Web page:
I am trying to clear up some confusion. I have
a VWIC-2MFT-T1 card in my 3660 router. I have a
frame circuit in one of the interfaces. The plan
is to have more than 1 connection through this
physical interface. I know that I can do this through
the use of subinterfaces. I can configure a
subinterface for each point-to-point connection.
My confusion is about how the subinterfaces know which channels of the T1 to use. I have the controller configured to use all 24 timeslots. If,
for example, I have one connection using 56k and another using 256k. How do the subinterfaces know which channel the traffic is coming in on? Do you
configure the bandwidth statement on the subinterface
in the order that the circuits come in? For example,
do I configure subinterface 1 with a bandwidth statement of 56k and it reserves channel 1 of the
T1 for its use and then subinterface 2 has a 256k bandwitdh statement reserving the next 4 timeslots
for its use? Any enlightenment is appreciated.
Your provider will let you know what DSO to expect the circuit. For example if you have a circuit coming from remote B on DSO 7 and remote C has a 128k on channels 1 and 2
channel-group 0 timeslot 7 speed 64
channel-group 1 timeslots 1-2 speed 64
The above is the command you would configure in addition to the linecode and framing. One you do that a subinterface is automatically (and is associated by the channel group number) created by the router where you can configure an ip address etc.
Let me know if this answer your questions.
This is correct. Except that the VWIC I am using
does not support multiple channel-groups in the
NM-2W that I am using. So I have to config the
controller with all timeslots 1-24 and config
subinterfaces on that channel group. Like this,
Controller T1 2/2
channel-group 0 timeslots 1-24 speed 64
If it could support the different channel groups, I
would understand which channels are being used. Un-
fortunately it doesn't and I don't understand how
the subinterfaces know which channels to use since
the controller is set for all channels. Thanks for
the help though.
I suppose in this case you might need to look into a different hardware solution. Looking at the docs:
there is no way to use this hardware combination to support multiple fractional T1 groups. But is it what you actually need ? Since this is a Frame-Relay connection, are you sure you cannot take the full/partial T1 from the carrier and have them map the DLCI's to it ?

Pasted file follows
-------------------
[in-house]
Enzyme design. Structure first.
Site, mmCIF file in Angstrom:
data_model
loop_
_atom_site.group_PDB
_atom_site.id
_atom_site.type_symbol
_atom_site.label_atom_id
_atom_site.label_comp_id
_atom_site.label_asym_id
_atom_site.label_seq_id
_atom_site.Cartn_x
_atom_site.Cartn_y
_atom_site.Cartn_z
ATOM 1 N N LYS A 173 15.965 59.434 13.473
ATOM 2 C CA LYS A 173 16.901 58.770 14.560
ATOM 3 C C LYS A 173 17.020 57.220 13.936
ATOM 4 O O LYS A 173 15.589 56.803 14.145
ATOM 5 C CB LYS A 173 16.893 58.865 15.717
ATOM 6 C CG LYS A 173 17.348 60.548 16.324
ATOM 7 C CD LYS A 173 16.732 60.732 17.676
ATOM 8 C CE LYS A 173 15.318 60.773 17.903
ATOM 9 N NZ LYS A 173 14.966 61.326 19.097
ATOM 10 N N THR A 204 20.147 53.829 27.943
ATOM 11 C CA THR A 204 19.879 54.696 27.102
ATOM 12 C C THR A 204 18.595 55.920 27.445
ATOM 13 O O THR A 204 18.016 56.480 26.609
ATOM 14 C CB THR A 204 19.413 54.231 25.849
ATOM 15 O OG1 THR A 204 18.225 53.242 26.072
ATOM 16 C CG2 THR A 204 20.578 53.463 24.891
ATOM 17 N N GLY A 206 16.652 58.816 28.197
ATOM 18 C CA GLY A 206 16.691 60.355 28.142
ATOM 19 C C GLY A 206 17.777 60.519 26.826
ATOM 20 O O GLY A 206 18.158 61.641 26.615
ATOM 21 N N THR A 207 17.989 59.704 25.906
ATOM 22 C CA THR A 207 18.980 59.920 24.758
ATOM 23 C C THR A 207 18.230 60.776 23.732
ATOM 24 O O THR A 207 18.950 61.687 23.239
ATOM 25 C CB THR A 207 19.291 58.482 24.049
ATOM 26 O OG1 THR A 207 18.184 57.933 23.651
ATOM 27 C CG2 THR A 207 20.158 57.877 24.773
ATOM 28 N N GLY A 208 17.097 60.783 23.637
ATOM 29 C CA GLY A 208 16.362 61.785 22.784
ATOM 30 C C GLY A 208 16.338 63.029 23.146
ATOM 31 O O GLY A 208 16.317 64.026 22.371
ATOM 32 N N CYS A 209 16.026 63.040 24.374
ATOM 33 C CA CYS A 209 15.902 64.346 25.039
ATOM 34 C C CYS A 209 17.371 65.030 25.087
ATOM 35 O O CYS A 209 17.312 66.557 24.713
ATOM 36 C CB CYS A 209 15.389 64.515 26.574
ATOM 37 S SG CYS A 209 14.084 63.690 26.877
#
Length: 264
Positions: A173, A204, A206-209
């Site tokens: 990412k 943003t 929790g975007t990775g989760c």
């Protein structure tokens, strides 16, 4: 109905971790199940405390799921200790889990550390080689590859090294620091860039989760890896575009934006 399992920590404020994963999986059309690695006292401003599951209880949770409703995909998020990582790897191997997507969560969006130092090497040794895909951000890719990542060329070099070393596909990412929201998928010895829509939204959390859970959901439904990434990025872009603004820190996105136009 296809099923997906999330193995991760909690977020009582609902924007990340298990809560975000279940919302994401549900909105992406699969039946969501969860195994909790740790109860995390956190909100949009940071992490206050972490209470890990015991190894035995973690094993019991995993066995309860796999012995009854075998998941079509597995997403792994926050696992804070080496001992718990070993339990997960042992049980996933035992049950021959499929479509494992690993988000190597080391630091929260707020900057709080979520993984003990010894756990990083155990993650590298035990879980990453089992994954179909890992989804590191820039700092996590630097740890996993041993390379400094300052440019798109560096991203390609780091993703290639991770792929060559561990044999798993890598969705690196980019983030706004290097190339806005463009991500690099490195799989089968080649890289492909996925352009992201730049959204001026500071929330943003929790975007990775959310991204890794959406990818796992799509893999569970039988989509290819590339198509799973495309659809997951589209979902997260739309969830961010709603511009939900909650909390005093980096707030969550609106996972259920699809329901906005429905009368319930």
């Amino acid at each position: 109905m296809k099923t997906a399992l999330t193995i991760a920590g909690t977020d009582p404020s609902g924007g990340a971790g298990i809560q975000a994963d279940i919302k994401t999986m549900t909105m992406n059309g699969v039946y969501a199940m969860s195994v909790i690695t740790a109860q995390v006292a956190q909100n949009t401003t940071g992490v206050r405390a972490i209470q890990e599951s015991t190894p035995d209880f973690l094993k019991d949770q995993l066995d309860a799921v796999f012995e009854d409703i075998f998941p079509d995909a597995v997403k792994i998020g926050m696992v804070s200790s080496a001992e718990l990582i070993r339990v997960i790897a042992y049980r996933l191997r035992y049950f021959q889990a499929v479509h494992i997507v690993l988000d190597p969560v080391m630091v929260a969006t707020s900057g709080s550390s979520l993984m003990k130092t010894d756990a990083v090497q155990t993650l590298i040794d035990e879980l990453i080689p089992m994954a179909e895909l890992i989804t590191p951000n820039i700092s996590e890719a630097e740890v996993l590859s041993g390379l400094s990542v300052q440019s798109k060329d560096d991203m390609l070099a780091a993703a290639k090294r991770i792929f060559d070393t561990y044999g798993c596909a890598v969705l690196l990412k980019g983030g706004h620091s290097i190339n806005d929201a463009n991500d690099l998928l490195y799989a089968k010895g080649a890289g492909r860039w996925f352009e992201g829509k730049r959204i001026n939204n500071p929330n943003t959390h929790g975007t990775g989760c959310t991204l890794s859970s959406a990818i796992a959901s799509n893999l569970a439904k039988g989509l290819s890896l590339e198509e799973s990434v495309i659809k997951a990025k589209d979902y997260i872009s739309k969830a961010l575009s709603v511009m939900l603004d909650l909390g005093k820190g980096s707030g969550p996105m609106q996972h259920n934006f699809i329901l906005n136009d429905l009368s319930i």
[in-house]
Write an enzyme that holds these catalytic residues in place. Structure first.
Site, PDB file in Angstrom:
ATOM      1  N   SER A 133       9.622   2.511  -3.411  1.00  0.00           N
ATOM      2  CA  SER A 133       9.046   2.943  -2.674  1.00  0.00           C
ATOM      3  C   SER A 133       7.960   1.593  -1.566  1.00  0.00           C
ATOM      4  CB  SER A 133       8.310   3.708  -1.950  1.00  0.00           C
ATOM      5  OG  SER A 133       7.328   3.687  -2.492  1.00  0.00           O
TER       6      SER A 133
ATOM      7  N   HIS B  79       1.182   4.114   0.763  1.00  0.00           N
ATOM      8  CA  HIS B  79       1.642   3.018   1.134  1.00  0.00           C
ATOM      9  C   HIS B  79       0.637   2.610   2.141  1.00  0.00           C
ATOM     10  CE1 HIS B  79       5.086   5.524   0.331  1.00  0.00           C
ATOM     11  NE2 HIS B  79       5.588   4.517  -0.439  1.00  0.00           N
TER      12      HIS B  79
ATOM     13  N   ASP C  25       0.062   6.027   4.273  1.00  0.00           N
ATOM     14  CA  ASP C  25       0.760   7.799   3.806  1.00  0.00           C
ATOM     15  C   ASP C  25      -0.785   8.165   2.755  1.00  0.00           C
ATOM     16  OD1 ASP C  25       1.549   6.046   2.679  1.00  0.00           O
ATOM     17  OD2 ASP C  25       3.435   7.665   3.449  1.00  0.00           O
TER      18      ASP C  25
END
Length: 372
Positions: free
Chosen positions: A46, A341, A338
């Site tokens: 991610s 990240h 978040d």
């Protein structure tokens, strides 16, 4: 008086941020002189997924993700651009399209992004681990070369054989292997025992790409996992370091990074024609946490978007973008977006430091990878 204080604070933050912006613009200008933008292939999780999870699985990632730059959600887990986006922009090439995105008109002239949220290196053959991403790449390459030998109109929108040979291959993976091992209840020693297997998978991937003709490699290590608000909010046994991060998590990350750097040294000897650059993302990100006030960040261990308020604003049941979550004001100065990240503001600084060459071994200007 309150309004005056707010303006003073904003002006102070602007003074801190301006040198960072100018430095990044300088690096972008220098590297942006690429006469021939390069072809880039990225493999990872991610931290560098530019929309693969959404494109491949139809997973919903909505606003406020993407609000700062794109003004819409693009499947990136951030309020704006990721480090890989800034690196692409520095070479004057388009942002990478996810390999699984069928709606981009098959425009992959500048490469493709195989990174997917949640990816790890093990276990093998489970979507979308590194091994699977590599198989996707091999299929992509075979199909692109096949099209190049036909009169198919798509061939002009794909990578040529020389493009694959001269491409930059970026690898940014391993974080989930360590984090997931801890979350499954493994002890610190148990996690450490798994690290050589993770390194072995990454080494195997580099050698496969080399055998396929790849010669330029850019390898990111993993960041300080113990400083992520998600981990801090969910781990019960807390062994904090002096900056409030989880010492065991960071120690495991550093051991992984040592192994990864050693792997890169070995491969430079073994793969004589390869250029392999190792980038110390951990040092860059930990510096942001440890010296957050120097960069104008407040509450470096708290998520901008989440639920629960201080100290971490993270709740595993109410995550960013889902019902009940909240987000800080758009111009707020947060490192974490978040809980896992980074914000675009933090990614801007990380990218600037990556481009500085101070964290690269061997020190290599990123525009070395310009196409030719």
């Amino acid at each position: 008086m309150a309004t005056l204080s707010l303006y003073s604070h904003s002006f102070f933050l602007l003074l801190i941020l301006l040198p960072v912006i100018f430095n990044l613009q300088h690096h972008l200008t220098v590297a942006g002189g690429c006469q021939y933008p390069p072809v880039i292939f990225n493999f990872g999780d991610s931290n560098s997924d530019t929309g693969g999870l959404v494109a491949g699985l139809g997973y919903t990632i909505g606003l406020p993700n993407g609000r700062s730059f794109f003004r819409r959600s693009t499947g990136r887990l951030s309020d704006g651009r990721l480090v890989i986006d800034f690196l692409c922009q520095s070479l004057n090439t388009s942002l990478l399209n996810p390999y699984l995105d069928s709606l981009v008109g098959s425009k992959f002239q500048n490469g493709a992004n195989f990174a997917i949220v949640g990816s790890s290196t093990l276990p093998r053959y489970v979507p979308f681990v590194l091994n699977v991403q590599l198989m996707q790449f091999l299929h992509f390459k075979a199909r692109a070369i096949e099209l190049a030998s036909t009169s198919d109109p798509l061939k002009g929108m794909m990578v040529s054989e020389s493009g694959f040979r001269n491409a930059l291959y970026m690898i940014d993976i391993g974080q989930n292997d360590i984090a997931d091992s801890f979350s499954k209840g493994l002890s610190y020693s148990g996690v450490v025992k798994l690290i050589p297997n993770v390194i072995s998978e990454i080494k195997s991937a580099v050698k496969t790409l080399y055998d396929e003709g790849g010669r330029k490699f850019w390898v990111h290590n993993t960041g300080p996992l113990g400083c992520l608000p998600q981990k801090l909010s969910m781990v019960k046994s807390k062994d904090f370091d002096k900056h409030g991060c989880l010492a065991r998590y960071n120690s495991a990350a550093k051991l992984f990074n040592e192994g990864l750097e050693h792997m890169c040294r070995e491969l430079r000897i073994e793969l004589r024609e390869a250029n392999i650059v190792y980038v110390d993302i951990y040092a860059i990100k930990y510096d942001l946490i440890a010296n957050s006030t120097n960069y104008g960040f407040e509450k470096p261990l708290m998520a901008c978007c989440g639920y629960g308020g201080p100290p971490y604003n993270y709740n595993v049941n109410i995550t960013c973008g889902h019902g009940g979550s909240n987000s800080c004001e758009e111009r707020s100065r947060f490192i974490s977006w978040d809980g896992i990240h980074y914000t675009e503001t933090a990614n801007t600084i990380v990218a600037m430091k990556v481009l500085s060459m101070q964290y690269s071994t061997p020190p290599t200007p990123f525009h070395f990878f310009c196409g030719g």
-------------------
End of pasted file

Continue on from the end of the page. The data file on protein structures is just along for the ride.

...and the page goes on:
I am thinking I can take the partial T1s and get
DLCIs for them. I am just trying to understand how
it works. If I have a controller that has all the
timeslots allocated. It creates a Serial interface
for that channel-group. I create subinterfaces off
of that serial interface. IPs and DLCIs are assigned
to them. I believe it should work. My confusion is
how the subinterfaces know which channels of the
serial interface to use for each different frame link. Is the bandwidth statement under each subinterface the determiner of how many channels to
use? Does it matter? Because the DLCIs are configured, and the whole pipe is being used, would
the data just get to the right interface because of
the frame mapping?
Yes, you need to understand the difference between physical and logical arrangment here. Physically, you will have a single pipe, all traffic will go thru it, utilizing all the DS0's. Logically, however, traffic will be split based on the DLCI associations. You might need to look into Frame-Relay traffic shaping. As you can imagine, the central site router will be sending at a rate that is probably much higher than the remote site is setup for, up to all the DS0's aggregated rate.
So, as I understand it. The DLCIs will route the
traffic correctly and the specific channels the
traffic uses doesn't really matter. Are bandwidth
statements necessary under the subinterfaces? Is
traffic shaping necessary for this to work or is
it just an added perk? Thanks for the help.
The bandwidth statements are not required to bring up a connection. The bandwidth statement does not modify nor have any interaction with the physical speed of a particular circuit, it is only used for informational purposes. You can think of the bandwidth command as a label or a description field. The bandwidth command is only used by certain Routing Protocols (like EIGRP) to help determine which path may be preferrable. You don't even have to have the bandwidth statement match the actual line speed of the circuit. The argument that one uses in the bandwidth command is completely arbitrary.
If you had two interfaces, one a T-3 circuit and the other a T-1 circuit you could use the bandwidth statement to have a routing protocol prefer to use the T-3 circuit. If you entered a bandwidth 100 command on the interface with the T-3 and a bandwidth 10 statement on the interface with the T-1 circuit, your routing protocol would prefer to use the T-3 circuit (assuming you are using EIGRP and all other things are equal). Both circuits will still be running at their respective line speeds.
Traffic shaping would also not be required for you to establish basic connectivity. You could bring up these circuits and pass basic traffic without using traffic shaping. It would be strongly recommended that you implement traffic shaping especially if you are planning to run any kind of heavy or consistent traffic on these circuits. It's probably more than just a nice extra benefit, but you don't absolutely have to have it in order to get your WAN connections established.
I hope this answers your questions.